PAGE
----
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BBC Two Among all the vital telly stuff this year about the centenary of the first world war, I wonder if we should spare a tiny reflection, this very morning of any morn, on the role played by a plump former teacher from Württemburg. Matthias Erzberger, variously described as “mild-mannered” and “self-serving”, was the German signatory to the armistice, in the Compiègne forest 100 years ago as of precisely… now… and, by scratching out his signature at 11 o’clock, against aching reproaches from every patriotic bone in his body, prevented, it might be strongly argued, thousands if not tens of thousands of further needless deaths.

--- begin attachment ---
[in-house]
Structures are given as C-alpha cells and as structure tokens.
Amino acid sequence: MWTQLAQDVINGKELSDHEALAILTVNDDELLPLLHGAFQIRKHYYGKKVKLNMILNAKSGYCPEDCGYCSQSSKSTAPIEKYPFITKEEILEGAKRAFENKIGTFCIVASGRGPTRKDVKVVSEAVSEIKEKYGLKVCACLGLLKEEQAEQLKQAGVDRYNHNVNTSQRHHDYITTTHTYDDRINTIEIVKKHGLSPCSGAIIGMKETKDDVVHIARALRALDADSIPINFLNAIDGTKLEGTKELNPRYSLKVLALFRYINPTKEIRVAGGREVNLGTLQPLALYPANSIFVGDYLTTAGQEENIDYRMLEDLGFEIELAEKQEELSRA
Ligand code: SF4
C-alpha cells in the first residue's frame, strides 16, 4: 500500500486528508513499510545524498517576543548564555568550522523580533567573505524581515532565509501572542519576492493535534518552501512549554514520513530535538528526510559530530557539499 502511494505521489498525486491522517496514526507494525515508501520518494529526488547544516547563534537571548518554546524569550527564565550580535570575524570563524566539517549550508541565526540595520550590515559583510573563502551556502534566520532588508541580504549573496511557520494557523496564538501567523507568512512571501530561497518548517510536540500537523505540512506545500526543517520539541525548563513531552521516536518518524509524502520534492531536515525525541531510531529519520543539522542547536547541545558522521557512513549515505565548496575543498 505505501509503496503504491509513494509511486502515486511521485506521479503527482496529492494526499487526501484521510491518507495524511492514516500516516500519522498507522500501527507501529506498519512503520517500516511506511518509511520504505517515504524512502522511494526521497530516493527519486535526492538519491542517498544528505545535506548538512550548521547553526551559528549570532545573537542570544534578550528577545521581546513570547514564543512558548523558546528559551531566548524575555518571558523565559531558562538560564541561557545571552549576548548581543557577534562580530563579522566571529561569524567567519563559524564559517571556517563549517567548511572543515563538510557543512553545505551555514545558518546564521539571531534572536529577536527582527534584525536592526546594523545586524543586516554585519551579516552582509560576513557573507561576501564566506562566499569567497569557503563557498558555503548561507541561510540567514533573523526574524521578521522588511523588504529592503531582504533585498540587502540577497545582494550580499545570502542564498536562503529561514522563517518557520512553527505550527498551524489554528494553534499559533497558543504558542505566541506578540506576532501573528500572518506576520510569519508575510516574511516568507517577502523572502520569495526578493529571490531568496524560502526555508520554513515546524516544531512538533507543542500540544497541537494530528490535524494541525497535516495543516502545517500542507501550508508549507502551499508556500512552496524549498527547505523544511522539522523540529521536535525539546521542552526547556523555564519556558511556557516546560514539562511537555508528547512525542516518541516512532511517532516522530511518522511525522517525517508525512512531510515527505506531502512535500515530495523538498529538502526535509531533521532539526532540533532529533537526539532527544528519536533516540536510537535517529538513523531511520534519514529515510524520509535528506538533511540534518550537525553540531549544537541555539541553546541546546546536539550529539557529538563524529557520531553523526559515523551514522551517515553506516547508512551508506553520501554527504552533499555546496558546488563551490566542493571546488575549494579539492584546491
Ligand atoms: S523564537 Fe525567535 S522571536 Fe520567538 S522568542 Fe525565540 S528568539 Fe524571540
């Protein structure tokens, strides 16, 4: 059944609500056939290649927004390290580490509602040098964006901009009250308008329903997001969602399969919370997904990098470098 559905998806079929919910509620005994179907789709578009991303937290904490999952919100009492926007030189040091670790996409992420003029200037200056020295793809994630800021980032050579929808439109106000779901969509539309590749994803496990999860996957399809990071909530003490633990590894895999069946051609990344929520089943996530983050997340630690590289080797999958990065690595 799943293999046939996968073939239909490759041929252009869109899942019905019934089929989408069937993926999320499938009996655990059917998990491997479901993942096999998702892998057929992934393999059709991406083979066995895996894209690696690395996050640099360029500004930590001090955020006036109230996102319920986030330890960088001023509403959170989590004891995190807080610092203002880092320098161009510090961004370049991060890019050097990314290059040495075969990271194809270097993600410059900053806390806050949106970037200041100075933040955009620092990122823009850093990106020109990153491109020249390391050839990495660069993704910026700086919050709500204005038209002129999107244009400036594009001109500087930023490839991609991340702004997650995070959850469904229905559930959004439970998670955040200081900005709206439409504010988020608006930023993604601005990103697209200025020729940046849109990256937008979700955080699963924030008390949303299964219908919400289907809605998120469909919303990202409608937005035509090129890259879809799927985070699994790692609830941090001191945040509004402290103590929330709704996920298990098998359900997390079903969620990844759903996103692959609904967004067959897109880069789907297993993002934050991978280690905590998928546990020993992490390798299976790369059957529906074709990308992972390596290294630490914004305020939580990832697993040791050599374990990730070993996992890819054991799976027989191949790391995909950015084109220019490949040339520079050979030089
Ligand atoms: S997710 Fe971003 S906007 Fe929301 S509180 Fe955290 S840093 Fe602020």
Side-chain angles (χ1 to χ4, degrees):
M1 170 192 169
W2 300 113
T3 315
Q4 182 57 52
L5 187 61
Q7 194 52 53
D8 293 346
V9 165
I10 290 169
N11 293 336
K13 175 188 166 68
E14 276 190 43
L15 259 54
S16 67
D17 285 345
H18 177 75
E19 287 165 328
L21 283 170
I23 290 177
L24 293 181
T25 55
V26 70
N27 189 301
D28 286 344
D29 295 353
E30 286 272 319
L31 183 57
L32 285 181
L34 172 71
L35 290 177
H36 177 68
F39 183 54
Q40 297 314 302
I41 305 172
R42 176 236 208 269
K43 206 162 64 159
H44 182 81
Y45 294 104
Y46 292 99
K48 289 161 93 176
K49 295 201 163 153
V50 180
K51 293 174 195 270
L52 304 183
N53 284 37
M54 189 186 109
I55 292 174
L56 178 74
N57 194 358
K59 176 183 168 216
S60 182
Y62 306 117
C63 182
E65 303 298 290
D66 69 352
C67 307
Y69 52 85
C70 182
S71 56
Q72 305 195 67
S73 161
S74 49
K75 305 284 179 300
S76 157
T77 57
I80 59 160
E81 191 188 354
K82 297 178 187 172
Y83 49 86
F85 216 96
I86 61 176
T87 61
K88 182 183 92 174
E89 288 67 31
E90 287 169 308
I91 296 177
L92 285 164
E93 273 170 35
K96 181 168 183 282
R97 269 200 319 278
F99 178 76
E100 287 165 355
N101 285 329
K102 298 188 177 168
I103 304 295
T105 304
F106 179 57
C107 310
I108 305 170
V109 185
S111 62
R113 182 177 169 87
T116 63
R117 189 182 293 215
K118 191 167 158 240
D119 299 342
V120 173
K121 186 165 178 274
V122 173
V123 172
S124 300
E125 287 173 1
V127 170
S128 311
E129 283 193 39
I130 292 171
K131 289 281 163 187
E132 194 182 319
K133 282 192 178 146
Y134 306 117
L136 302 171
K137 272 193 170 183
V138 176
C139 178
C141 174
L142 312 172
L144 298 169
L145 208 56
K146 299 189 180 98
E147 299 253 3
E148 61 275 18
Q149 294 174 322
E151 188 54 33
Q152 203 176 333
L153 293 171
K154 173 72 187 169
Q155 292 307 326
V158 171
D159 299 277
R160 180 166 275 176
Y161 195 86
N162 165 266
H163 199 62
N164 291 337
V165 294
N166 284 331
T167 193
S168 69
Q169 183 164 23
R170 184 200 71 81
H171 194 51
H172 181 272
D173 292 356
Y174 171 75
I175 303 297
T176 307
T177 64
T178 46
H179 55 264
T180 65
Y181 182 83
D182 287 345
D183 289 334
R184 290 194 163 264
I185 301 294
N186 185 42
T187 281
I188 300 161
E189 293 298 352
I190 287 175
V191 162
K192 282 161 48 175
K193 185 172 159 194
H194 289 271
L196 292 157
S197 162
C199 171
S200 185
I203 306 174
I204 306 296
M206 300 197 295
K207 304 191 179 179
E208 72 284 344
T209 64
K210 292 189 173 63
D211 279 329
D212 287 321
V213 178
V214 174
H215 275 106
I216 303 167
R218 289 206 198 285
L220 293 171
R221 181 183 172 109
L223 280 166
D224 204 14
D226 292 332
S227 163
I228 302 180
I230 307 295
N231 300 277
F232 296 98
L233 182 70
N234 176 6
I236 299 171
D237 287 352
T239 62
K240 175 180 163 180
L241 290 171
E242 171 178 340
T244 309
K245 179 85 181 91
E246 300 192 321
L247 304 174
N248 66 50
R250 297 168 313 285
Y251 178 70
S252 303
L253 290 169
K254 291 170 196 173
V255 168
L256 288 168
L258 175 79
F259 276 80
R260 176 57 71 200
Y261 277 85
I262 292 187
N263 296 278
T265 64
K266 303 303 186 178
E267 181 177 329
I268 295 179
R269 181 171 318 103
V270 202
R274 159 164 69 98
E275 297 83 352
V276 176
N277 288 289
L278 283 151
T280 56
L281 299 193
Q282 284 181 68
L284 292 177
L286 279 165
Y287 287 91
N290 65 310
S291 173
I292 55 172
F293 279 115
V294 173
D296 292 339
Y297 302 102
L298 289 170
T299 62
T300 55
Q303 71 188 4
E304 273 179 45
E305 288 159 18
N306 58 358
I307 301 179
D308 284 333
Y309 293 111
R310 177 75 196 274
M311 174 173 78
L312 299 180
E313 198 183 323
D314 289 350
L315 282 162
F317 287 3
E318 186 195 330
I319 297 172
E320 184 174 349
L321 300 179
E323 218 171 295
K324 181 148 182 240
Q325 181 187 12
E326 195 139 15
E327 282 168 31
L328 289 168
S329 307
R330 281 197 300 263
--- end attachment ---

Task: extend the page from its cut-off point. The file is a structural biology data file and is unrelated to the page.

This and much more was being explored in the drama WWI: The Final Hours, a sober, lucid, devastating exploration of the three days in a railway carriage in which the armistice was being negotiated by Erzberger, Marshal Ferdinand Foch, “a short man with a fondness for cheap cigars”, and dashing naval hero Rosslyn Wemyss. The two military men bonded, but not with Erzberger, a propagandist who had never seen combat, much